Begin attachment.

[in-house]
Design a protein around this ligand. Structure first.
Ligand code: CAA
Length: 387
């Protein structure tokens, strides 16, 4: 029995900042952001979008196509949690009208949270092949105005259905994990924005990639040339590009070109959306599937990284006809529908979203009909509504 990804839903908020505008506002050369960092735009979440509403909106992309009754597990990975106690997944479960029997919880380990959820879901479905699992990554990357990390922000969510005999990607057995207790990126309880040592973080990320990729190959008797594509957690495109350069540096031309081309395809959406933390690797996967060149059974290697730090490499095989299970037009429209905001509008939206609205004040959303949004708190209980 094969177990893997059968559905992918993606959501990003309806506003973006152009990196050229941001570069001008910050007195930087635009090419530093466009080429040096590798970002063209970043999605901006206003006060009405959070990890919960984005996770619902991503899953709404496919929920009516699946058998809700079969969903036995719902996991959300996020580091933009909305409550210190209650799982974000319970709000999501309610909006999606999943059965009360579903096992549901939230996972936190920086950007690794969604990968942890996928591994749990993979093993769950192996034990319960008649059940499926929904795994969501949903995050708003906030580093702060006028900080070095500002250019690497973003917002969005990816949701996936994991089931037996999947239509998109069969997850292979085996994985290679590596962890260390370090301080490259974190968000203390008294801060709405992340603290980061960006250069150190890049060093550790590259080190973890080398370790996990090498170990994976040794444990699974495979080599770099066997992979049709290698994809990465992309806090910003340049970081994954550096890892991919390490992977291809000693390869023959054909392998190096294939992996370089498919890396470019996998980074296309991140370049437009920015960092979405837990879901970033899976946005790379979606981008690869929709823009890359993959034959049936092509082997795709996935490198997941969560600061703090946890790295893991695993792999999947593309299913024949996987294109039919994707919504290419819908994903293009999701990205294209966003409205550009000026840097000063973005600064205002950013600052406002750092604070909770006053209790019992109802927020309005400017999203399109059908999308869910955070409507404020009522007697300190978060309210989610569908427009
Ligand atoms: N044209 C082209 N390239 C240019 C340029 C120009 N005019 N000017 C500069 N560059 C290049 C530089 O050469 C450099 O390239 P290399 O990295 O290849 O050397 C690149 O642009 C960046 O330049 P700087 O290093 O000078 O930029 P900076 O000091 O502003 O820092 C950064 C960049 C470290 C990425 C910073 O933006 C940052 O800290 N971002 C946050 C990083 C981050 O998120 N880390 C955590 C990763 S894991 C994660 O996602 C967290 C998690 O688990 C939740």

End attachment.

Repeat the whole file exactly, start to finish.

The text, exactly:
[in-house]
Design a protein around this ligand. Structure first.
Ligand code: CAA
Length: 387
């Protein structure tokens, strides 16, 4: 029995900042952001979008196509949690009208949270092949105005259905994990924005990639040339590009070109959306599937990284006809529908979203009909509504 990804839903908020505008506002050369960092735009979440509403909106992309009754597990990975106690997944479960029997919880380990959820879901479905699992990554990357990390922000969510005999990607057995207790990126309880040592973080990320990729190959008797594509957690495109350069540096031309081309395809959406933390690797996967060149059974290697730090490499095989299970037009429209905001509008939206609205004040959303949004708190209980 094969177990893997059968559905992918993606959501990003309806506003973006152009990196050229941001570069001008910050007195930087635009090419530093466009080429040096590798970002063209970043999605901006206003006060009405959070990890919960984005996770619902991503899953709404496919929920009516699946058998809700079969969903036995719902996991959300996020580091933009909305409550210190209650799982974000319970709000999501309610909006999606999943059965009360579903096992549901939230996972936190920086950007690794969604990968942890996928591994749990993979093993769950192996034990319960008649059940499926929904795994969501949903995050708003906030580093702060006028900080070095500002250019690497973003917002969005990816949701996936994991089931037996999947239509998109069969997850292979085996994985290679590596962890260390370090301080490259974190968000203390008294801060709405992340603290980061960006250069150190890049060093550790590259080190973890080398370790996990090498170990994976040794444990699974495979080599770099066997992979049709290698994809990465992309806090910003340049970081994954550096890892991919390490992977291809000693390869023959054909392998190096294939992996370089498919890396470019996998980074296309991140370049437009920015960092979405837990879901970033899976946005790379979606981008690869929709823009890359993959034959049936092509082997795709996935490198997941969560600061703090946890790295893991695993792999999947593309299913024949996987294109039919994707919504290419819908994903293009999701990205294209966003409205550009000026840097000063973005600064205002950013600052406002750092604070909770006053209790019992109802927020309005400017999203399109059908999308869910955070409507404020009522007697300190978060309210989610569908427009
Ligand atoms: N044209 C082209 N390239 C240019 C340029 C120009 N005019 N000017 C500069 N560059 C290049 C530089 O050469 C450099 O390239 P290399 O990295 O290849 O050397 C690149 O642009 C960046 O330049 P700087 O290093 O000078 O930029 P900076 O000091 O502003 O820092 C950064 C960049 C470290 C990425 C910073 O933006 C940052 O800290 N971002 C946050 C990083 C981050 O998120 N880390 C955590 C990763 S894991 C994660 O996602 C967290 C998690 O688990 C939740």